July 29, 2009
Will Return on August 4
I have been so motivated to write this past month due to you, the reader. Many of you have been introduced to Book Savors through TwoWritingTeachers. I thank my friend, Ruth, for believing in me and being a great sound board for our teaching.
My family is headed to Ohio for a much needed vacation. We leave today,Wed. and will be gone until next Monday. At that time, school will be beginning for me. I will be reading and writing about wonderful books while vacationing (I cannot go anywhere without some), but I will not be entering any blogs until August 4. Check back with Book Savors then. I look forward to hearing how you have been inspired by any of the texts and how you will be using them within the classroom. Happy Reading!
Until August 4,
July 27, 2009
Ever played What am I? In the game, you give clues to your audience, going from the least known clue to the more popular. Andy Rash has created a children’s book that uses the games frame work. I’m thinking of using this text with the primary classrooms as a pattern book. I also see this being a great mentor text for the upper elementary students who have great background knowledge in a subject area. They could create fun books for kids with the knowledge they know following the structure of this text, Are You a Horse?
Roy, the cowboy, receives a saddle as a present. He is given instructions to get a horse, but he does not know what a horse is. So, Roy’s adventure begins as he looks for the horse. As he meets different objects, he asks the repetitive question, “Are you a horse?” to which the ‘thing’ says ‘no’ and gives a clue to what a horse is.
For example, Roy first meets an old wagon, who says: “A horse is a living thing.” Next he meets a cactus, who says: “A horse is an animal.” It continues through clues of legs, color, being clean, fast, etc. Excellent text to help with categorizing in the area of science.
Savorings for reading and in writing for Are You a Horse?:
- Repeating line/structure
- Hybrid text of sorts – mystery with clues; informational with facts; narrative
- Surprise ending – you have to read it to believe it
- Adjectives – each object/animal Roy meets is described with two adjectives: “A skittery, pinchy thing ran sideways in front of Roy. It had plenty of legs.” “Roy came to a tree with a feathered, hooting thing on a branch.”
- Bold lettering for voice – Roy was very upset. “WHY CAN’T I FIND A HORSE?” he shouted.
A Boy Read
(Warsaw Public Library)
July 24, 2009
Robin Pulver and Lynne Rowe Reed collaborate (again) to create a wonderful text that helps teach a complex spelling skill. In Silent Letters Loud and Clear, the font and characters show how many English words have a silent letter. As the story is being told, the silent letters are outlined and not filled in. For example, in the word ‘one’, the ‘e’ is shown with an outlined font.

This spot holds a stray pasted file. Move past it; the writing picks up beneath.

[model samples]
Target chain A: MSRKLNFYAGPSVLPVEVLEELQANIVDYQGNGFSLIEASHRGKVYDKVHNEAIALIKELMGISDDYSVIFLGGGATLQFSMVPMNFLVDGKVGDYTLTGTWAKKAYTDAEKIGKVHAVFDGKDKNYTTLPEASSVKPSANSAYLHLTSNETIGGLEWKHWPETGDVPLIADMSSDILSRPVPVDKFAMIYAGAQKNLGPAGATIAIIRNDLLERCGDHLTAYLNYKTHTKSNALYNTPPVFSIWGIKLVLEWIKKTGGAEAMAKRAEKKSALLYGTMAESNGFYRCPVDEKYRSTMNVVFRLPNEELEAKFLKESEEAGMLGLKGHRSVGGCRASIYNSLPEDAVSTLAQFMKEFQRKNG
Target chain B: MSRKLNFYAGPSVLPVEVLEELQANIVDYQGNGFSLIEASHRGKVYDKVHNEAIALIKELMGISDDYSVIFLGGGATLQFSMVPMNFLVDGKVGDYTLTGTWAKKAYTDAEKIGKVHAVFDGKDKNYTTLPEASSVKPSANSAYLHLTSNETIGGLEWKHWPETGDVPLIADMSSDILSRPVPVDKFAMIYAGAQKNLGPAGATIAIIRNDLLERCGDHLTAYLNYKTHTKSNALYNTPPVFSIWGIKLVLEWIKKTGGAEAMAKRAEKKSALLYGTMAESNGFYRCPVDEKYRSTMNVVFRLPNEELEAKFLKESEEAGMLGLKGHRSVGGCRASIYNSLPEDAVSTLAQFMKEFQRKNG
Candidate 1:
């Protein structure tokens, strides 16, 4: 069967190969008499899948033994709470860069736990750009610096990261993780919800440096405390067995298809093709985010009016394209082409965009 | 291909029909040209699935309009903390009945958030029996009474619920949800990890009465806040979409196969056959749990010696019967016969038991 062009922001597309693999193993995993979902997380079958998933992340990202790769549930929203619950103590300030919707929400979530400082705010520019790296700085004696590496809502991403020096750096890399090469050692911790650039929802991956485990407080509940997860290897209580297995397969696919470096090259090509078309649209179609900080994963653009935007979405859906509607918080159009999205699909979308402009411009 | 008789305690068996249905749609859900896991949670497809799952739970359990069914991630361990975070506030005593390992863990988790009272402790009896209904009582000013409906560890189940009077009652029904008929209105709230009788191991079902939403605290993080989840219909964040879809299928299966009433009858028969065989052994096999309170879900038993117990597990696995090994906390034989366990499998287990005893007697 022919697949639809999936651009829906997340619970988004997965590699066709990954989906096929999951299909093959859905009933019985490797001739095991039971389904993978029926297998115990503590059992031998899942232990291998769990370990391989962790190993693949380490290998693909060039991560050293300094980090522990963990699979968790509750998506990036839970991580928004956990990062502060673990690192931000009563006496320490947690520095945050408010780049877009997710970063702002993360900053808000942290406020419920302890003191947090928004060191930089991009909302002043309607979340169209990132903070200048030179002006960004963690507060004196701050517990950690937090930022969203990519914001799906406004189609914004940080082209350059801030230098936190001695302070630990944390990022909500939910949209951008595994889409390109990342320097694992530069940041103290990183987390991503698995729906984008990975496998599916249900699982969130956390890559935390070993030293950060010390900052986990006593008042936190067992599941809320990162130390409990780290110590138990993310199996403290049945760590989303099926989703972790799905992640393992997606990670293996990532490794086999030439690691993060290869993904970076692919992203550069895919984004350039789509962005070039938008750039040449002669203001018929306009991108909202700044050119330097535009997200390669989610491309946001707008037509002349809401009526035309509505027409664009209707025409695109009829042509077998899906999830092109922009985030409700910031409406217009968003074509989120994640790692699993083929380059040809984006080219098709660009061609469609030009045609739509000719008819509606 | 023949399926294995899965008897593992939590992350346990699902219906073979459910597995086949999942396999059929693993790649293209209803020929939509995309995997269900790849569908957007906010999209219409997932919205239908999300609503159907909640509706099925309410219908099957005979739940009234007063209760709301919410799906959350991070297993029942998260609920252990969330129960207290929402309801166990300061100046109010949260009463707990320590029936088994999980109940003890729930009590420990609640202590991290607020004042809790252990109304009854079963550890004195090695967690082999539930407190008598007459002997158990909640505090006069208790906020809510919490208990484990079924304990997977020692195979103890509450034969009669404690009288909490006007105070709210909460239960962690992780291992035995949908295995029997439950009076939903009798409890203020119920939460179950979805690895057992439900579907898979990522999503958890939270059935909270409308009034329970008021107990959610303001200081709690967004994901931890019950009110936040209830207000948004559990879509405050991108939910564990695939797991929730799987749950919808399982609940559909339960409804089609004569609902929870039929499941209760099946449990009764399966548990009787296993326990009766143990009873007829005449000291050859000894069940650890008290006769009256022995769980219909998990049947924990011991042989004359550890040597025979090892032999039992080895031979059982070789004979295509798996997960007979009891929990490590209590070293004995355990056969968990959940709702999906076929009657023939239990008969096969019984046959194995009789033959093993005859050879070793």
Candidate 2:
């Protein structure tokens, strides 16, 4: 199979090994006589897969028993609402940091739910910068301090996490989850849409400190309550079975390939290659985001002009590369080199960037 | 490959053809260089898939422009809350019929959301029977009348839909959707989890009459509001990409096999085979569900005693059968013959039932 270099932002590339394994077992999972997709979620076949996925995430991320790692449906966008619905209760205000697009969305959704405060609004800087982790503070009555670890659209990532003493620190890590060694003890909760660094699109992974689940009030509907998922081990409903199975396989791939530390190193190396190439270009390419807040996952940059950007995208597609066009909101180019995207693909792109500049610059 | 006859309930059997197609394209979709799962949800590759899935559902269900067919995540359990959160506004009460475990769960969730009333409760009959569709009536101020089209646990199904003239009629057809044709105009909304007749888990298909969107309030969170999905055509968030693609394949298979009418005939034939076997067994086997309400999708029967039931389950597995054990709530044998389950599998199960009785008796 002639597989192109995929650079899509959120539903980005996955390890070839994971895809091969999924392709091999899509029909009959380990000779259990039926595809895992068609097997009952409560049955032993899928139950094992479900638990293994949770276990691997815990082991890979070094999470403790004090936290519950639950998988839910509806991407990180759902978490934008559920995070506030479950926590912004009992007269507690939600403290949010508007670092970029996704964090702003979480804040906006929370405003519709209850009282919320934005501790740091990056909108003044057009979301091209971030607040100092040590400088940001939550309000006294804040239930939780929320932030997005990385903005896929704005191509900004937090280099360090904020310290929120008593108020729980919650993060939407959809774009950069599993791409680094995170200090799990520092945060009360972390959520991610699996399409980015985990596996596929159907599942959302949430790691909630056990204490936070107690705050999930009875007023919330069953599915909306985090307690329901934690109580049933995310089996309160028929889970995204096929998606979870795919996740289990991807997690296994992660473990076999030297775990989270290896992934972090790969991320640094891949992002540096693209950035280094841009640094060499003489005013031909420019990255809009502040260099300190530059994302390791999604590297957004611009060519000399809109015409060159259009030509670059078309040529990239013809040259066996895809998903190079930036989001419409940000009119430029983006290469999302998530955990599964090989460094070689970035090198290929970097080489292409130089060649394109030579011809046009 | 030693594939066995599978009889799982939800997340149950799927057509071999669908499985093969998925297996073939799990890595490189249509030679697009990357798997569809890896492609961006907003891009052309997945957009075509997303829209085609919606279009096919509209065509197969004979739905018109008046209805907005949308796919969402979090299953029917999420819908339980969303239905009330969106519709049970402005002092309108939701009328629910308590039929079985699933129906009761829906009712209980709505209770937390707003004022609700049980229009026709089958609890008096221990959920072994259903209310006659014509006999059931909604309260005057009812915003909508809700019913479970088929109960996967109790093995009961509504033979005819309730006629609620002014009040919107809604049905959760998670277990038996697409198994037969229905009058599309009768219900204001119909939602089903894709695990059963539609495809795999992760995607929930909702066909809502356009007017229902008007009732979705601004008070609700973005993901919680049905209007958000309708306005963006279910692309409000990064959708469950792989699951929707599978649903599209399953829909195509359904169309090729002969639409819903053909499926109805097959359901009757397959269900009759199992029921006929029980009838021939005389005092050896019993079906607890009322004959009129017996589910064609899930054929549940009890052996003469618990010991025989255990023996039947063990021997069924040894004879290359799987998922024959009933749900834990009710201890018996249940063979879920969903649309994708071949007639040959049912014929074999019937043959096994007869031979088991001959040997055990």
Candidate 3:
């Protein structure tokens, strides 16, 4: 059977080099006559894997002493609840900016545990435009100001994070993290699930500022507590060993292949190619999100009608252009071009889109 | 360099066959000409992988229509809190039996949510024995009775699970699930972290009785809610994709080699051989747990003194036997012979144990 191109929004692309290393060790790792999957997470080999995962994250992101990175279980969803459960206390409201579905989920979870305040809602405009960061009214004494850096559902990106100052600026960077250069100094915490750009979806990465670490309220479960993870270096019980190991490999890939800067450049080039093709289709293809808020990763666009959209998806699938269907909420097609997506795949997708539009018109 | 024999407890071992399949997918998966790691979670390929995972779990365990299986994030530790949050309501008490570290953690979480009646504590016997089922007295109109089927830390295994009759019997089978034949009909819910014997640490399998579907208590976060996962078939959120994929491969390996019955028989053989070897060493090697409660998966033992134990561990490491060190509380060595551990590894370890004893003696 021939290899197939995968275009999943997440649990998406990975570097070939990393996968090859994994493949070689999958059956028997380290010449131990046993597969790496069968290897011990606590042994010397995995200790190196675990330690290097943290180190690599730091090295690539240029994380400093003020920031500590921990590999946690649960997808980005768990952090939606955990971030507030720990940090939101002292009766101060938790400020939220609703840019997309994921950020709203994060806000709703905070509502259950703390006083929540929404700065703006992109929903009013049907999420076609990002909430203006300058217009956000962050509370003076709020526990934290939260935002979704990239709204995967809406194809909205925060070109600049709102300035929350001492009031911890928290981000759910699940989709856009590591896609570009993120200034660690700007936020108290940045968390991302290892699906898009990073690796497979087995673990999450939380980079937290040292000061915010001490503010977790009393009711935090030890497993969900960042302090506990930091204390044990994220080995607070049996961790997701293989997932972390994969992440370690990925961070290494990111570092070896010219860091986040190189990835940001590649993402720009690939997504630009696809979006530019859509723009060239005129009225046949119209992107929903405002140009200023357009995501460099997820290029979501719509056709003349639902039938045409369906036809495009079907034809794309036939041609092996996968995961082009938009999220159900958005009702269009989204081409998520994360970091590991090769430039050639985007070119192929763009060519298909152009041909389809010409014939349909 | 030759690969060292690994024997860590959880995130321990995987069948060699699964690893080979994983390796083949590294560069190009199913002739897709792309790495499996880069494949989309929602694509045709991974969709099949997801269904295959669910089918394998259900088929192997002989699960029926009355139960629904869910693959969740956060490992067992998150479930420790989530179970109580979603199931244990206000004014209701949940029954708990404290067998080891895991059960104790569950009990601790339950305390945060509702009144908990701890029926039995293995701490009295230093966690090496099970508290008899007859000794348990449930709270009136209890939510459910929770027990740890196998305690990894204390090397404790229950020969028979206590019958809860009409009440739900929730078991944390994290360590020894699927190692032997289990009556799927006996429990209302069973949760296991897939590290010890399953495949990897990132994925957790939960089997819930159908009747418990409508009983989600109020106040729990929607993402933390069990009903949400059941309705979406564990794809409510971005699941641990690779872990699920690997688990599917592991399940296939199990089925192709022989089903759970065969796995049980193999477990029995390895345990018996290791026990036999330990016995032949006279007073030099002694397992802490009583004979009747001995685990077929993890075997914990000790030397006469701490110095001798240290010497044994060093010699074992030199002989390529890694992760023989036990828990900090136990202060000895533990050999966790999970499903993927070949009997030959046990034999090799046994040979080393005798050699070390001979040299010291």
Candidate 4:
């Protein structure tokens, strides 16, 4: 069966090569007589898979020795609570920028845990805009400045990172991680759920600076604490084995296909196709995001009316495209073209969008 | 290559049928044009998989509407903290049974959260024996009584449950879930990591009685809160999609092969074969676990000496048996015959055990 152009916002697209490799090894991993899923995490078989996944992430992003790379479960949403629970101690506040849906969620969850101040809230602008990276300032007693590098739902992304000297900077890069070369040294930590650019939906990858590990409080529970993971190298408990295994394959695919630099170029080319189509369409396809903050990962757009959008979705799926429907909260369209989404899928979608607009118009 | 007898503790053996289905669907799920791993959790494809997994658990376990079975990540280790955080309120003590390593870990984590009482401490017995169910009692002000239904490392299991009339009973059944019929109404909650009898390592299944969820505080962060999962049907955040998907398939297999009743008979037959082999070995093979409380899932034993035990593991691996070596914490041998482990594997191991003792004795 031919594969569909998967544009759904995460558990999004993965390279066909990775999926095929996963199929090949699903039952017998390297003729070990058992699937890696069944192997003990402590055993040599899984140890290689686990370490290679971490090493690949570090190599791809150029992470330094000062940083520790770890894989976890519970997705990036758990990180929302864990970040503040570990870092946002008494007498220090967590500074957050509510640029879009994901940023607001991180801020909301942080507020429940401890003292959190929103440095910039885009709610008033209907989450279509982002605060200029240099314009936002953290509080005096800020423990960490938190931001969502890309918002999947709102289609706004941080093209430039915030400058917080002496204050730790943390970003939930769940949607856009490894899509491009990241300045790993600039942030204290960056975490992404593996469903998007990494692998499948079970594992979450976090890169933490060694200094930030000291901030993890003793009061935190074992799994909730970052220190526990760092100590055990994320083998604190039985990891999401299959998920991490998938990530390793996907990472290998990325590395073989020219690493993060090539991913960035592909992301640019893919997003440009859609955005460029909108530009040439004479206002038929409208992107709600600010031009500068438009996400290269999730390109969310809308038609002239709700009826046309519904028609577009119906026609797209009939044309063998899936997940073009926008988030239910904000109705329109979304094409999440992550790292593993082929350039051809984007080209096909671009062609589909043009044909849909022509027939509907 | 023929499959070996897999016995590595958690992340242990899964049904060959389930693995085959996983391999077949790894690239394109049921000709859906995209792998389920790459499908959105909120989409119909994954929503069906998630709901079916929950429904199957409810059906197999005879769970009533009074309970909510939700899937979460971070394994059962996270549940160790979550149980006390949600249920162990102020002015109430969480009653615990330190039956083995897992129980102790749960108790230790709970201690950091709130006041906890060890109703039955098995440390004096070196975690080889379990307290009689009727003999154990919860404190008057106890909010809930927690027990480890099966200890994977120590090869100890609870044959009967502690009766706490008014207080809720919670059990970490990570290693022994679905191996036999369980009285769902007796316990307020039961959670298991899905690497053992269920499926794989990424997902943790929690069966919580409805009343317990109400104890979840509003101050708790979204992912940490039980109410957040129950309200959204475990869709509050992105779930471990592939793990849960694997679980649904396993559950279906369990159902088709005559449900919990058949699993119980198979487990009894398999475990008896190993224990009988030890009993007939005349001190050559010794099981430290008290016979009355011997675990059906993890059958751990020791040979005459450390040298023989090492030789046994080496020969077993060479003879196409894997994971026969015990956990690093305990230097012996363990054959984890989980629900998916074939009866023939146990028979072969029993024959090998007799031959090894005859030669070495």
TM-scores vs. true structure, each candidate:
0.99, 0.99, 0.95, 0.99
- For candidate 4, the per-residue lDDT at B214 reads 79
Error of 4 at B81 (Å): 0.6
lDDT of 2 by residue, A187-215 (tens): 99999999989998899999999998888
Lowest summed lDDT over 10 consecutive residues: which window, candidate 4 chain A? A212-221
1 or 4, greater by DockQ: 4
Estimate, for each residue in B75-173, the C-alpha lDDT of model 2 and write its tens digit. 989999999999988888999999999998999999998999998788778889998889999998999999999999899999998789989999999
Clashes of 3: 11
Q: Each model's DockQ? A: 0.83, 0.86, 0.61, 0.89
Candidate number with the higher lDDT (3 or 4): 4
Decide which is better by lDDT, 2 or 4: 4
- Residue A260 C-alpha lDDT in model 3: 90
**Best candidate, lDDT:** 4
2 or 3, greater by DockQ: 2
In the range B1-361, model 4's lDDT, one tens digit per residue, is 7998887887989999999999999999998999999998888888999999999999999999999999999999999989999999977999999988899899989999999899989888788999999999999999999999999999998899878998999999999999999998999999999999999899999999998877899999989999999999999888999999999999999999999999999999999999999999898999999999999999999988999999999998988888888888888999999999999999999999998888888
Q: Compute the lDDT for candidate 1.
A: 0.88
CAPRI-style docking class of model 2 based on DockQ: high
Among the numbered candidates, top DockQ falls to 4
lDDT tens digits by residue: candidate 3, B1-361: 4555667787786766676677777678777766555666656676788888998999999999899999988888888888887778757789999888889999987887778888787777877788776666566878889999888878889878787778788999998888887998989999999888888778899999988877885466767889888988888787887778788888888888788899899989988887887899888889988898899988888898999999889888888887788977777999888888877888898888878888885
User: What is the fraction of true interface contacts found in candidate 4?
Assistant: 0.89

“Practice, practice, practice! Good spellers are made, not born!” said Mr. Wright.
Lynne Rowe Reed captures the attention of children with her vivid cartoon figures. Even the text is in different shades. I definitely believe this book can increase the retention of spelling silent-lettered words.
When the children complain how difficult spelling is, their teacher, Mr. Wright, suggests they should write a letter to the editor. As they finish, the silent letters decide they will do away and the letter to the editor becomes a disaster.
Savorings for reading and in writing for Silent Letters Loud and Clear:
- Letter to the editor – the children receive a response to their email
- Spelling – importance of practice
- Silent letters – final e, k, w, gh, b, p, a, l, h
- Personification – the mixture of an everyday happening (school) with a non-living objects (letters) becoming characters
Also check out these other books by Robin and Lynne:
July 21, 2009
Happy 16th Birthday to my oldest son, Wesley! He loves baseball, and I cannot imagine how many hours I have spent at the baseball diamond, park, or backyard watching him play. He has been an enjoyment!
Being drawn to the sport, I collect baseball stories. I was intrigued with this book when I visited the bookstore earlier this spring, Michael’s Golden Rules. Knowing the excellent text, Salt in His Shoes, I was delighted with the storyline in this new one. Michael Jordan shares some insight into his winning attitude as he addresses the reader with a page-length introduction. Michael shares that he is best known for his basketball skills, yet baseball was his first pick.